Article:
There are new workers’ comp insurance programs coming into the market, and that can be an indication that the market is getting softer, says Kevin Kilcoyne, director of staffing insurance at the Barrow Group LLC, an insurance brokerage specializing in the temporary staffing industry. However, insurers are still being very careful in the accounts they underwrite. Skilled program underwriters are looking for staffing firms that are considered best-in-class as it relates to employee hiring processes, client-selection methods, as well as their safety and injury management programs, including a strong Return to Work program.
“I do think if you have a company that is performing well, it will be rewarded,” Kilcoyne says. On the flip side, those that don’t will be penalized.
Workers’ comp premiums are based, in part, on experience rating, he says. And that’s the portion of workers’ comp premiums that staffing firms can control. As an example, firms that perform 20% worse than average would have an experience rating of 1.20, and begin with a 20% penalty on premiums. Staffing firms should look to specialists in the industry to help them work toward minimizing their experience rating. There are, however, other aspects beyond their control — for example, workers’ compensation premiums in Florida increased 14.5% late last year because of legal rulings.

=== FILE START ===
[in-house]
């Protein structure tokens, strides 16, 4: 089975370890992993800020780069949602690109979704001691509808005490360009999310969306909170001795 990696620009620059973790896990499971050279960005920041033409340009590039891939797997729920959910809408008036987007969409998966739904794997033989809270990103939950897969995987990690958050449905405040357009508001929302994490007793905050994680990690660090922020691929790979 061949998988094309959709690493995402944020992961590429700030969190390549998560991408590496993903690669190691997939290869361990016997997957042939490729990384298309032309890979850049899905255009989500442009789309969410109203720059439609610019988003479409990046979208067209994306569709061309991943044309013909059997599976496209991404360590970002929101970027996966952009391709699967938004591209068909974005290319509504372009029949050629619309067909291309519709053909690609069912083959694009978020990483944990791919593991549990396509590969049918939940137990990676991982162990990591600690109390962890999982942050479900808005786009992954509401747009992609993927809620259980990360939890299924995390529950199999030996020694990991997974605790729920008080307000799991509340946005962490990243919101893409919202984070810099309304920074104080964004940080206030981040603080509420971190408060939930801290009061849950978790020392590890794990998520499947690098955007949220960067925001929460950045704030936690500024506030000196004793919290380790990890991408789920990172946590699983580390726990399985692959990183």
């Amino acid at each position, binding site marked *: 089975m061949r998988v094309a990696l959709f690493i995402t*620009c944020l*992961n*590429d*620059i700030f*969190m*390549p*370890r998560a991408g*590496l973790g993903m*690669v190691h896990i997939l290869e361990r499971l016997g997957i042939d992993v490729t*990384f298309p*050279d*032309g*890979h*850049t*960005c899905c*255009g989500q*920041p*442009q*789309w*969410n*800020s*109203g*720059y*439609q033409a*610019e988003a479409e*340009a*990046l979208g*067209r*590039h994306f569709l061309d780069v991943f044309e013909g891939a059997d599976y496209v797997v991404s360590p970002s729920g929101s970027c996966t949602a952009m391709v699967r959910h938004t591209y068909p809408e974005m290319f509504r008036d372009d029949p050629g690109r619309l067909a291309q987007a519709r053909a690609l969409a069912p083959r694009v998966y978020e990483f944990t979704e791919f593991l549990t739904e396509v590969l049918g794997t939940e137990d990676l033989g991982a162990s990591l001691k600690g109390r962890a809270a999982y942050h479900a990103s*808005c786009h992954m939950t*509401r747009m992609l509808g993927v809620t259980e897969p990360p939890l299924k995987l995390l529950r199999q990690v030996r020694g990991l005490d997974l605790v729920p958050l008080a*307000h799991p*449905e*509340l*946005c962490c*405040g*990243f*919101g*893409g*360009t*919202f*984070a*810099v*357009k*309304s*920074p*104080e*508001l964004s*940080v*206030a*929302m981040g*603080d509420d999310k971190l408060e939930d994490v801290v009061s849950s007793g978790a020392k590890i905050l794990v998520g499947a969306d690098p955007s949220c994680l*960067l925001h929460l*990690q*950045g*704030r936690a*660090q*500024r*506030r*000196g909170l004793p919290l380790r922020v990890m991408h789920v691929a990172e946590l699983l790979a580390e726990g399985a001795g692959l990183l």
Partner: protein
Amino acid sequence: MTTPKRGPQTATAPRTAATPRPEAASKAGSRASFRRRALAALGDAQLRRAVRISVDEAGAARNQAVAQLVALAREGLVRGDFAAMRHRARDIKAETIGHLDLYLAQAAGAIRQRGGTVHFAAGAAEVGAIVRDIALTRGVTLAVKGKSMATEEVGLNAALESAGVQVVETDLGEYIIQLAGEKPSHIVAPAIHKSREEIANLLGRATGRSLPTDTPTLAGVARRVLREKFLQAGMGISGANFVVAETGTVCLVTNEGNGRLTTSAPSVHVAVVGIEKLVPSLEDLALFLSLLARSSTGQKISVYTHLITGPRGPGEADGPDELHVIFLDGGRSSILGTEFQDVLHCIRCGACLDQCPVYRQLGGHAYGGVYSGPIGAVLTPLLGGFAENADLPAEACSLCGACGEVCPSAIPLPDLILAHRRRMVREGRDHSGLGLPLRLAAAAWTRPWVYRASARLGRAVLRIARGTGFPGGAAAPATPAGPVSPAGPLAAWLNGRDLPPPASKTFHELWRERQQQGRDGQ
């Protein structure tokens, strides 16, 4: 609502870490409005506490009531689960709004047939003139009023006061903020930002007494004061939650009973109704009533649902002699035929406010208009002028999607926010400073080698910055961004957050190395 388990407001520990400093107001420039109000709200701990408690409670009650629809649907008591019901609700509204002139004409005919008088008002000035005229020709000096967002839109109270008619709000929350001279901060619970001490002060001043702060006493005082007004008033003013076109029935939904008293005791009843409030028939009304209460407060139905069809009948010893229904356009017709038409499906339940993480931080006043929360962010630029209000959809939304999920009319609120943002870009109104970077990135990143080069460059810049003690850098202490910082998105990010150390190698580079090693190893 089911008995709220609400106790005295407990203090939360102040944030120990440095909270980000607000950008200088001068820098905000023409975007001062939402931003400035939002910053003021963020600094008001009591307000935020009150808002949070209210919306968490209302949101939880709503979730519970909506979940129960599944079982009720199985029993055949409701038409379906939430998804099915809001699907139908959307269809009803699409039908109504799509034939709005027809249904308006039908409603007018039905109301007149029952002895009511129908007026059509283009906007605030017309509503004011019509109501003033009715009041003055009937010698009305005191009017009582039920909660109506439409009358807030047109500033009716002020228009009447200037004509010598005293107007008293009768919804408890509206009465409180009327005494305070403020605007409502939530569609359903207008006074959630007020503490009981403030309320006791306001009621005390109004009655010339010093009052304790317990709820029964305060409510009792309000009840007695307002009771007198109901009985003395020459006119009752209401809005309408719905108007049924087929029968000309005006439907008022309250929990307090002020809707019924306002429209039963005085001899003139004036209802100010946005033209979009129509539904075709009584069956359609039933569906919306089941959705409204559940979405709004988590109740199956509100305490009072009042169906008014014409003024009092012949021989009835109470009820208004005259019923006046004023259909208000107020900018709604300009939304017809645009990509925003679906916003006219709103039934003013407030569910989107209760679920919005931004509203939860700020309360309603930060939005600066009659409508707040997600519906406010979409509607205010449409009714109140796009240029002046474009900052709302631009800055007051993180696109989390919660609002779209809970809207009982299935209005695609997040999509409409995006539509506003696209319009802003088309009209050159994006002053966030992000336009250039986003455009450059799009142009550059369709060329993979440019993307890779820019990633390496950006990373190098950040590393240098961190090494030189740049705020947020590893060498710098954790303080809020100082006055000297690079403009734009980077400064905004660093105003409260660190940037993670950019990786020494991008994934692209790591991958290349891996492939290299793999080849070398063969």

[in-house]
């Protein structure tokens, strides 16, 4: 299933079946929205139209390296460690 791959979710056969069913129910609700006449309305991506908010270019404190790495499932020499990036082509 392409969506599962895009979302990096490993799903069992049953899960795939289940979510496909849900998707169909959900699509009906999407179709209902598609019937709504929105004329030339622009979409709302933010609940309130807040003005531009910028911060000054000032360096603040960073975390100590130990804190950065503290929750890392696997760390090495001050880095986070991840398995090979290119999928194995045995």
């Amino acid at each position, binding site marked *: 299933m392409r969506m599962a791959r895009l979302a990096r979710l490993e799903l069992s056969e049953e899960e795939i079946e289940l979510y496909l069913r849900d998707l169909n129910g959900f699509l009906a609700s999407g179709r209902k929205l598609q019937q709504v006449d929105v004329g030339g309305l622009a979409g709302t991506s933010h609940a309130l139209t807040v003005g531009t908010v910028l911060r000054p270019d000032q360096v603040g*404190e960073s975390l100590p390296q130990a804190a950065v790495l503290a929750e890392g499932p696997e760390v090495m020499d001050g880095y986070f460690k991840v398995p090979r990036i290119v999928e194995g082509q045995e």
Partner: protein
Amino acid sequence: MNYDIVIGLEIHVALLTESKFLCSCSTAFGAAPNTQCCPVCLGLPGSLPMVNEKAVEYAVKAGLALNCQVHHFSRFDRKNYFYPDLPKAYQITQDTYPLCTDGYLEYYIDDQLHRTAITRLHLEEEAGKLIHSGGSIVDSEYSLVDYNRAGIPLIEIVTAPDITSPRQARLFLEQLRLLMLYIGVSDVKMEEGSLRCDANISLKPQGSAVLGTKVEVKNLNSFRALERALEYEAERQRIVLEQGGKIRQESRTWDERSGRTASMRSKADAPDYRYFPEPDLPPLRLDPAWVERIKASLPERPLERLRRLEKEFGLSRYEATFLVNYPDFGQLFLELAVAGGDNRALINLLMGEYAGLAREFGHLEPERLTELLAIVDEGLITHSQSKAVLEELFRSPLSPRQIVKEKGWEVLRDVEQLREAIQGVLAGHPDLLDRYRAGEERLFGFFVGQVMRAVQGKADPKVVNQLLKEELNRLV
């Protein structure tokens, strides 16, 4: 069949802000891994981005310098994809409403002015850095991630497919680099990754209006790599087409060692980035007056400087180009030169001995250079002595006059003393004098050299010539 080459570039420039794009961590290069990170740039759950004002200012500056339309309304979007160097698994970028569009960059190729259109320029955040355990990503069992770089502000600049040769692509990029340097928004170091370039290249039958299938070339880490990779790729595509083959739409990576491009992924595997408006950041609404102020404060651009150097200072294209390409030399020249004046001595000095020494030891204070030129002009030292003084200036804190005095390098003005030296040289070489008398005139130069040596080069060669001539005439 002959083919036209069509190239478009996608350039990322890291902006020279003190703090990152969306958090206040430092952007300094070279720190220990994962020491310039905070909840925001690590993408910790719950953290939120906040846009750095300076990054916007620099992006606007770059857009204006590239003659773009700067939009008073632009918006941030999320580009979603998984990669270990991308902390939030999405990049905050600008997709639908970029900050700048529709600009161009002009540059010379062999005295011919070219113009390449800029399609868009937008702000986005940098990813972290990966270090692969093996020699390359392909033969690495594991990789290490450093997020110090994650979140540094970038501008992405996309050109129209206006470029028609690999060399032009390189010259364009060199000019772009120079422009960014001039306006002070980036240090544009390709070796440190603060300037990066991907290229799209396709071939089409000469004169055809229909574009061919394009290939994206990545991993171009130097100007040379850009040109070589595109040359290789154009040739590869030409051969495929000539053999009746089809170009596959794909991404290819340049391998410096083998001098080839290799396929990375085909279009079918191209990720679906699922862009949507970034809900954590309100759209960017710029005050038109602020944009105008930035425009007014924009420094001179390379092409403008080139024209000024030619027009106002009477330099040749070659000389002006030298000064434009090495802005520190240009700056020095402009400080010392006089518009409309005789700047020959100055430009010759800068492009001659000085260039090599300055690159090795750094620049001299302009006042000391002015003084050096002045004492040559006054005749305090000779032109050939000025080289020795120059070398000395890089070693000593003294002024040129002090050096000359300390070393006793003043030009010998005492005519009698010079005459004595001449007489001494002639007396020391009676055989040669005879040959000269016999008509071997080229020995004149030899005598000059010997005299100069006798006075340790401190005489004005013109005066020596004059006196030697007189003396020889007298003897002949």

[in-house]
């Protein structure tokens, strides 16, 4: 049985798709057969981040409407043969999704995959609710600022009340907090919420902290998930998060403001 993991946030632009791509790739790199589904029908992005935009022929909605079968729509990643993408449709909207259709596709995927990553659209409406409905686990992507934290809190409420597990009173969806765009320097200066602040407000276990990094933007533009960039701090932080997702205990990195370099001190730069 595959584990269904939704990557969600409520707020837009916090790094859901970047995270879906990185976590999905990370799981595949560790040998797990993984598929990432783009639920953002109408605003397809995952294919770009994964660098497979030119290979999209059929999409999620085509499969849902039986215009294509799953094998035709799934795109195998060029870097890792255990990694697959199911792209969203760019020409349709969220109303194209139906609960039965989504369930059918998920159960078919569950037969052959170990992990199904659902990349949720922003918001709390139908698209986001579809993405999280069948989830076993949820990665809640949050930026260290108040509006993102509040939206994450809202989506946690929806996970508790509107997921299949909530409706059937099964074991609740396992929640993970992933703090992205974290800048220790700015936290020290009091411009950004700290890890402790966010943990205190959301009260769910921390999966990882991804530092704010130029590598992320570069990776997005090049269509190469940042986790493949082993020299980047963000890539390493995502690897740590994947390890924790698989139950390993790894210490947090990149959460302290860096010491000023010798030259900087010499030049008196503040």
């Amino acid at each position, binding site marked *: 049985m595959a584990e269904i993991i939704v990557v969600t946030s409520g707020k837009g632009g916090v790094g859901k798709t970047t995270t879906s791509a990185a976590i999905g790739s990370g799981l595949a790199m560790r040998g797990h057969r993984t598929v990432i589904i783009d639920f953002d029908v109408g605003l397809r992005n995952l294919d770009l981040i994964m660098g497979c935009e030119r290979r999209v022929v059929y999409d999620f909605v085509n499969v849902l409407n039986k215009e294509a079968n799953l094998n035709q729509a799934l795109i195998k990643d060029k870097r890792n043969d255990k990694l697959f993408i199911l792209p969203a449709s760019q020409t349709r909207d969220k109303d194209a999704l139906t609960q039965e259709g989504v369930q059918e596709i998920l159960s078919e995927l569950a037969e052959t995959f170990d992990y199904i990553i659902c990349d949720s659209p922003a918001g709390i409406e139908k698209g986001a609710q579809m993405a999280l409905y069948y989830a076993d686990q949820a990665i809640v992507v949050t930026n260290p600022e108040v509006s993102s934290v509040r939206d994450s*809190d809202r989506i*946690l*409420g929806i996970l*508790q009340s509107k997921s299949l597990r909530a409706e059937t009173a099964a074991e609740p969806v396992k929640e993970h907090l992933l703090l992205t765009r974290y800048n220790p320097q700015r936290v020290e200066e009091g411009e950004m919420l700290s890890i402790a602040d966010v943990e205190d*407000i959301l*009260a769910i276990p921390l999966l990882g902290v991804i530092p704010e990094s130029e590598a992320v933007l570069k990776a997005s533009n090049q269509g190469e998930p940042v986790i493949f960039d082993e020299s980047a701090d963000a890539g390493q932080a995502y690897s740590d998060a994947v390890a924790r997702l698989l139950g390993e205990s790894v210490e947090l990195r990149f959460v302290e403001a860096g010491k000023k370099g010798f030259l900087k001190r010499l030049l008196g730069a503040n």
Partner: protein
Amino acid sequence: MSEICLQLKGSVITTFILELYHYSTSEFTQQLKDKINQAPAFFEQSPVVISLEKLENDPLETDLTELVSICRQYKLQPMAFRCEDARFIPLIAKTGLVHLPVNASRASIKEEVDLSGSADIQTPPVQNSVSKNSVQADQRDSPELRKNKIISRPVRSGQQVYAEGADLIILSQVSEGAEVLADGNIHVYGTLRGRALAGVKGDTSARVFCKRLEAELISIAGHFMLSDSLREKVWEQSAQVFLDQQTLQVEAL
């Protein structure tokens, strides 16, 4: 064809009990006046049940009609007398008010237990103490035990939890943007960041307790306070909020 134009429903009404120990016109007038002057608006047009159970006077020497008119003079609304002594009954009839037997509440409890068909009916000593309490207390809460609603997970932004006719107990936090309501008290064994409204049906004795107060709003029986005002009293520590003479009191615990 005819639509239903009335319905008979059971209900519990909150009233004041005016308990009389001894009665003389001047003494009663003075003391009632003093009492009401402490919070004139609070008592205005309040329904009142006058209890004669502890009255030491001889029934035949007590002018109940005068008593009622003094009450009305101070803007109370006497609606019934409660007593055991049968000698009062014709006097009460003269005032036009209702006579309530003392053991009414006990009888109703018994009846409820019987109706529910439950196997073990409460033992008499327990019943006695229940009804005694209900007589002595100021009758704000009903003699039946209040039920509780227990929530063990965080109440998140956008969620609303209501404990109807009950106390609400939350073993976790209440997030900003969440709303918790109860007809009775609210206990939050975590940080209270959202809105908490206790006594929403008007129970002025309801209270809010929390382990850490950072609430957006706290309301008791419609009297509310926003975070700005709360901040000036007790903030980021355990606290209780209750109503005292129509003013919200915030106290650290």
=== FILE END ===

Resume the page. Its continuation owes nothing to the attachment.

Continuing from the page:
Contingent Workforce Solutions’ Nugent says as a for-profit business, private workers’ comp insurance providers are looking to sell workers’ comp at the highest premiums they can and insure the staffing firms with the lowest probability for having to pay out claims. Still, companies with poor track records for safety will face higher premiums than do safe firms.
“In general, if you are a good, proactive staffing provider with a good health and safety track record, you should get the best premium costs from your insurers,” he says.
The bottom line is safety is as important as ever.